Tuesday, 30 May 2017

Musandam Round the World Record Attempt 2009

Week 1: Sailing fast and settling in


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Maxi-trimaran Musandam during Round the World crewed record attempt January 2009

14 January 2009

Press release: Trimaran Musandam: Crewed Around the World Record Attempt 2009

Week 1: Sailing fast and settling in

It has been an emotional departure and an intense first week at sea for the crew of Musandam, who left Muscat on the 8th of January on their round-the-world adventure. Making very good progress, the team crossed the equator less than 48 hours ago and is settling into the very specific routine of life on board. Where sleep patterns, food habits and space sharing are all but comparable to what they are ashore!

Whether you're a "pro" or not does not change this simple statement: circumnavigating the globe is the ultimate challenge a sailor can imagine, and embarking on a radical racing multihull makes the task even more humbling. Undoubtedly, the sheer implications of such a challenge were at the forefront of each crewmember's preoccupations as they slowly made their way towards the boat, moored in Marina Bander Al Rowda, last Thursday. And if this trip is a baptism of fire for all 5 men - none of them having sailed around the world before despite their impressive experience - it certainly is even more the case for Mohsin Al Busaidi!

Her Excellency Dr Rajiha bint Abdulamair bin Ali, The Minister of Tourism and His Excellency Ali bin Masoud al Sunaidy, The Minister of Sports shook hands with the crew as the left dry land for the last time until they return to Muscat. As Moshin pointed out: "I’m very proud of what we have achieved so far and I hope this journey will go well and we succeed in going around the world. Our Omani ancestors didn’t go around the world, but they sailed to many places all over the globe. Oman has given me a lot and I hope I will make my country and family proud of me.” It was then time to leave the dock, and set off for some three months most of which will be spent in the hostile latitudes of the Southern Ocean!

After a rather emotional and silent few hours - involving "lumps in the throat", as admitted by navigator Charles Darbyshire - the crew settled in the watch system whilst exiting the Arabian Sea. Conditions were perfect, with a glorious sunshine and 10 to 12 knots of breeze downwind… On January the 10th, winds had picked up and Musandam was speeding along under reduced sails, and the upcoming crossing of the Equator was on everyone's minds. For Mohsin, the freeze-dried meals seemed to taste better than they had during the boat's delivery to Muscat, a sure sign of an offshore racer in the making! And if sleep has been hard to find at times due to the noise of the wind, rain, and the brutal movements of the boat, exhaustion will soon take its toll.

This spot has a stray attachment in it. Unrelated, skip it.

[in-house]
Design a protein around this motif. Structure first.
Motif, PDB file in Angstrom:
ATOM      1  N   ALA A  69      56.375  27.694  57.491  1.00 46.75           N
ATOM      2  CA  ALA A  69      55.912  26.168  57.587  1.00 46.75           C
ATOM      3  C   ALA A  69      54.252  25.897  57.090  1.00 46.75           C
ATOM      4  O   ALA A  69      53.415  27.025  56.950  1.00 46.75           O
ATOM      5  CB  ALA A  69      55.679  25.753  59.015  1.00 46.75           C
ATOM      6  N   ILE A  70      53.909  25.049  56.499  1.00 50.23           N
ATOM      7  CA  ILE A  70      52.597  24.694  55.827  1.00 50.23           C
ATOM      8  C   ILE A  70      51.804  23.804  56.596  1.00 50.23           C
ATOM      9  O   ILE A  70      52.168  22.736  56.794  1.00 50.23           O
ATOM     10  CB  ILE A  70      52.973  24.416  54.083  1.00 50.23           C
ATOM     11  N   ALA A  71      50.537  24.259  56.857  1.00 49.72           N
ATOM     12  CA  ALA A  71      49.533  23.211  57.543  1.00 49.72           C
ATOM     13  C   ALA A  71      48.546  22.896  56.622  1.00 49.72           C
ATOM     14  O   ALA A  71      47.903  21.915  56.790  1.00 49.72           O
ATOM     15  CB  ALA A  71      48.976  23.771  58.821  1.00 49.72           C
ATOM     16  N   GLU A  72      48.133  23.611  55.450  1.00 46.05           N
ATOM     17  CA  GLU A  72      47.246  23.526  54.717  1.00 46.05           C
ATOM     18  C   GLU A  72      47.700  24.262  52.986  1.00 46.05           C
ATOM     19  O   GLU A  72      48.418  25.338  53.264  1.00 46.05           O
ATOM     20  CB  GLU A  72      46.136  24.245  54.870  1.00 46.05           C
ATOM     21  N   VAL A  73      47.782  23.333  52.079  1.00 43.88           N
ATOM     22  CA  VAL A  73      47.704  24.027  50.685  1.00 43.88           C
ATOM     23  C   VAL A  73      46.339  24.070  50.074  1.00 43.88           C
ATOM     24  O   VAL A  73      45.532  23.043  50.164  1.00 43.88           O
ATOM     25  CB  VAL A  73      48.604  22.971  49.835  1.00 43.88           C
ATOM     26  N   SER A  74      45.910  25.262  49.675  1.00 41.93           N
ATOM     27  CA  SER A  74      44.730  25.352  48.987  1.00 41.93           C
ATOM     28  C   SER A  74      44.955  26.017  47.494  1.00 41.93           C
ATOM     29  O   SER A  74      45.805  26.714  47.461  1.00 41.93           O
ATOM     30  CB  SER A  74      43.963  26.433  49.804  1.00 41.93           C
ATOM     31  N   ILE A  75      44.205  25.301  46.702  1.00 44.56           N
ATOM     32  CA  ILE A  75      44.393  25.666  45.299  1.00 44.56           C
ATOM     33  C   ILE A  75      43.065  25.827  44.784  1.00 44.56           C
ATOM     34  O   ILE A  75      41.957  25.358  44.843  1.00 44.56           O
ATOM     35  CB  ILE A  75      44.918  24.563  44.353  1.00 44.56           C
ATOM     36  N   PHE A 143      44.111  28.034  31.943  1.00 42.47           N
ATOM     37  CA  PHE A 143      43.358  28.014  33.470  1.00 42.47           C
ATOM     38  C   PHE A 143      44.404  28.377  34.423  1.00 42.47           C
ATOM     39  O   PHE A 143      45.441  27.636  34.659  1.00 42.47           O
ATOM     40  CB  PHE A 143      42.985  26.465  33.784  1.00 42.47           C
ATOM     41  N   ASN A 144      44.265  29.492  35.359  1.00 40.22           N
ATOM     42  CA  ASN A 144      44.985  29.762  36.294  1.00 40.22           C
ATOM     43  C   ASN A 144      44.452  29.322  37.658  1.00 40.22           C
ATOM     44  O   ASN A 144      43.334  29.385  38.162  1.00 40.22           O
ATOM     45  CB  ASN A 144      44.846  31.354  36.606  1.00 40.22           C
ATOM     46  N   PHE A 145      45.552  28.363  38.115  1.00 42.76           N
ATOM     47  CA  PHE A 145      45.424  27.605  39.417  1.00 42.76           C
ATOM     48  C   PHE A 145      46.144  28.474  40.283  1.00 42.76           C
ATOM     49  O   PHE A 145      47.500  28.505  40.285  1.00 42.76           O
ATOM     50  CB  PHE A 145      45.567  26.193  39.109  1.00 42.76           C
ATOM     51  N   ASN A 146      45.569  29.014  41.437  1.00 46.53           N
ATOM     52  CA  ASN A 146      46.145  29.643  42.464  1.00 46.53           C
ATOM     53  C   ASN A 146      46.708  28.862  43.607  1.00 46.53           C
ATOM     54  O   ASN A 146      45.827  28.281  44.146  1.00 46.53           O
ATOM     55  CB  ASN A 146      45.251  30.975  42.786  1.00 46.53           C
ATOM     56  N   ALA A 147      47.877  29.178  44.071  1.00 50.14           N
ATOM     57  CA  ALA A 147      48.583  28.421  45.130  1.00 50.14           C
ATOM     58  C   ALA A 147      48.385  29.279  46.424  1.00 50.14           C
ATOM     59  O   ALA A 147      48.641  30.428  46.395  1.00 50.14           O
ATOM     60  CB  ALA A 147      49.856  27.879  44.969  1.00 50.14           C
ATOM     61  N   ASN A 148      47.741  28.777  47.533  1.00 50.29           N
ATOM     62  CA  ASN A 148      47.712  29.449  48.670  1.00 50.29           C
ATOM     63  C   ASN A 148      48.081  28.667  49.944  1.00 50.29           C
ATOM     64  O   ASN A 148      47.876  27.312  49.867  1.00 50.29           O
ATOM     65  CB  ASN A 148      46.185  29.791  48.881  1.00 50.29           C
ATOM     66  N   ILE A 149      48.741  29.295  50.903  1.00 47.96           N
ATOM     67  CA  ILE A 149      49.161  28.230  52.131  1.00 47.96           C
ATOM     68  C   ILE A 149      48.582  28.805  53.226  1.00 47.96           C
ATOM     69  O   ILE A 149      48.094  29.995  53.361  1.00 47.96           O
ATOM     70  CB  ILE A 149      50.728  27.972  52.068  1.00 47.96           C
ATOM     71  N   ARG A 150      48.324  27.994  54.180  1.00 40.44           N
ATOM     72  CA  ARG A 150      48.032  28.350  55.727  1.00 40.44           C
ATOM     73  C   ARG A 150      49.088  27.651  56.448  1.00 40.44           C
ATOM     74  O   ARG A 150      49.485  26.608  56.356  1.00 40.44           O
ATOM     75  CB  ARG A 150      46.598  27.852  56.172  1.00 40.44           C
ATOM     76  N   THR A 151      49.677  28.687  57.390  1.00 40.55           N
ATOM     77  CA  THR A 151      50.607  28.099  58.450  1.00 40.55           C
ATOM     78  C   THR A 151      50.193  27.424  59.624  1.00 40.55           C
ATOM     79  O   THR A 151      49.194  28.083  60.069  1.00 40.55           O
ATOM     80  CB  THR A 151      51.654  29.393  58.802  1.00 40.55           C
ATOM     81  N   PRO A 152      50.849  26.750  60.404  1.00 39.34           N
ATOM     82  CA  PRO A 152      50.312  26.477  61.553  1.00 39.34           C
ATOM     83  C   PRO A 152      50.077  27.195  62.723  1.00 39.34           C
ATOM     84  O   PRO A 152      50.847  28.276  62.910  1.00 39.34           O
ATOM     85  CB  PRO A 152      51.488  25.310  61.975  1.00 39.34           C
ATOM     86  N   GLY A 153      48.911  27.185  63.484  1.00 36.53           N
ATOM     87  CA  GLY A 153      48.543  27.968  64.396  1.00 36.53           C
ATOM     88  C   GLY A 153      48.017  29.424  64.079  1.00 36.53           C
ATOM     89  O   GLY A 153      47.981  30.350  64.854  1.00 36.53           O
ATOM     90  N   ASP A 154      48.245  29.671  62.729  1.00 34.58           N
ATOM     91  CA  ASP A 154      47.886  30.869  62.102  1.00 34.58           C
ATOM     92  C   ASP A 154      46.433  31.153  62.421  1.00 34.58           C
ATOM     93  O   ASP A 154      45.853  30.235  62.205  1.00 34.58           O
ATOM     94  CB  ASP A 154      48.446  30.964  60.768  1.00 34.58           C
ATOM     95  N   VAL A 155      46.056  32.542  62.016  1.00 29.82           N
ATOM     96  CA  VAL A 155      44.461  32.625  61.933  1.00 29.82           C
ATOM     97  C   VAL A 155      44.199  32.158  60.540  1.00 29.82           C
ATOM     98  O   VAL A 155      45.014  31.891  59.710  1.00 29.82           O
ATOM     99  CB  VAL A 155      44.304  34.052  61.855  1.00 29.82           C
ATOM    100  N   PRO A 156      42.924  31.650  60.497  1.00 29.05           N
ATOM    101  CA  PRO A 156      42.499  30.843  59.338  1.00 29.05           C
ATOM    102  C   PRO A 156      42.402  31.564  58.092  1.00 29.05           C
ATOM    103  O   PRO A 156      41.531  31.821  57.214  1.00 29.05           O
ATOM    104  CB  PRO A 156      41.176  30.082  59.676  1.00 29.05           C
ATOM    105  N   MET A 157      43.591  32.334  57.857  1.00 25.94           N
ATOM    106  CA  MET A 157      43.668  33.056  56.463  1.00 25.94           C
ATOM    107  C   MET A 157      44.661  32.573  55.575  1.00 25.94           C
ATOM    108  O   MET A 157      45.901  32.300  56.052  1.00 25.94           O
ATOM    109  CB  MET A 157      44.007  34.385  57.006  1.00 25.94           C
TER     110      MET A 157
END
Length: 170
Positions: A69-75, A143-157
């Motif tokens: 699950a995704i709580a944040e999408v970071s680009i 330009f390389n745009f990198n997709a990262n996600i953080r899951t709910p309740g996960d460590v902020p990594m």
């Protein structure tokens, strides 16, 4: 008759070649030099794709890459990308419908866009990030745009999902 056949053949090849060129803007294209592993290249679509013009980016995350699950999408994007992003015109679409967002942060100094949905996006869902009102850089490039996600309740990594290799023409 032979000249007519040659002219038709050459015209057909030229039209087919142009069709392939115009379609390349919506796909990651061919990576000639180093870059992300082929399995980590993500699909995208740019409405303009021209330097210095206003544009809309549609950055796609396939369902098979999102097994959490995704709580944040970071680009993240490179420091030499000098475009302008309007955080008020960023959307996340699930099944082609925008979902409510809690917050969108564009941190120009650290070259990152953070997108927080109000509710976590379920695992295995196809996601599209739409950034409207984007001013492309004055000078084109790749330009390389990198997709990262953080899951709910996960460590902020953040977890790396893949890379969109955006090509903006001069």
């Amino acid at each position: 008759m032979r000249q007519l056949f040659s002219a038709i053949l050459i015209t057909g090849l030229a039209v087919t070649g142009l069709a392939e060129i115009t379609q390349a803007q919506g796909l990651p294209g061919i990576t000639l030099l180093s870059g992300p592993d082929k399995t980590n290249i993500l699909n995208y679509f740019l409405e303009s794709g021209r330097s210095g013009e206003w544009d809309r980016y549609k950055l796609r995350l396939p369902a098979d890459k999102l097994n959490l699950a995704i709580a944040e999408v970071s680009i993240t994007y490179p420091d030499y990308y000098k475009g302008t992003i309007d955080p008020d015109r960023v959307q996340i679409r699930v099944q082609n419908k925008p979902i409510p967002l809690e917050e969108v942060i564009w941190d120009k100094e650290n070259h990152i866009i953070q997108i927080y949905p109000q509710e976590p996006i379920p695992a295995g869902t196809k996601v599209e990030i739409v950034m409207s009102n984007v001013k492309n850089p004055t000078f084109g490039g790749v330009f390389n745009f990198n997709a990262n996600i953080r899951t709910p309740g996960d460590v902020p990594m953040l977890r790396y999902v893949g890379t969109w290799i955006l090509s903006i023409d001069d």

On Day 4, Musandam was overtaking the virtual 80 day pace boat, after having officially departed the Arabian Sea on January the 12th, at 03:22 GMT - benefiting from good weather conditions and obviously managing to make the most of Musandam's speed potential, skipper Loïk Gallon and crew crossed the Equator the following day, slightly tired but happy. As navigator Charles Darbyshire explained, "For now the sailing side is pretty good - couldn't be too much better we have a good course making good progress south - We have some Doldrum weather to cross later this week." The famous light winds and sudden squalls of the ITCZ (Inter Tropical Convergence Zone) definitely are the next hurdles…

Day 7 update from navigator Charles Darbyshire "the winds have droped significantly,for now we continue to make progress, this is pretty much the start of the doldrums, we can expect the winds to start becoming variable in direction, heading south or south east are big gainers - if we get pushed to the east too much our progress through the doldrums will be slowed, the longer we can stay on a course heading of around 150 the better it will be for us as it will be shorter to get to the new breeze which is forecasted to be somewhere around 4-500miles away... so expect a couple of slow days from us...it's a chance to check everything and make some repairs before the trade winds return and the deck again becomes wet and we take off south.

Life onboard continues to settle into some kind of pace, so far the sailing has been fairly straight forward"

Following what's going on back home… The crew have also sent back messages of support and encouragement to the Oman Football team. “I am so excited by Oman’s win the other night and I’m behind the team every step of the way” said Mohsin Al Busaidi in an email “I was able to watch the match against Kuwait with my family the night before I departed and my prayers are still with them. I wish the team the best of luck and know that they have the strength and power to win. Go OMAN!”

For further information, see Omansail's website.

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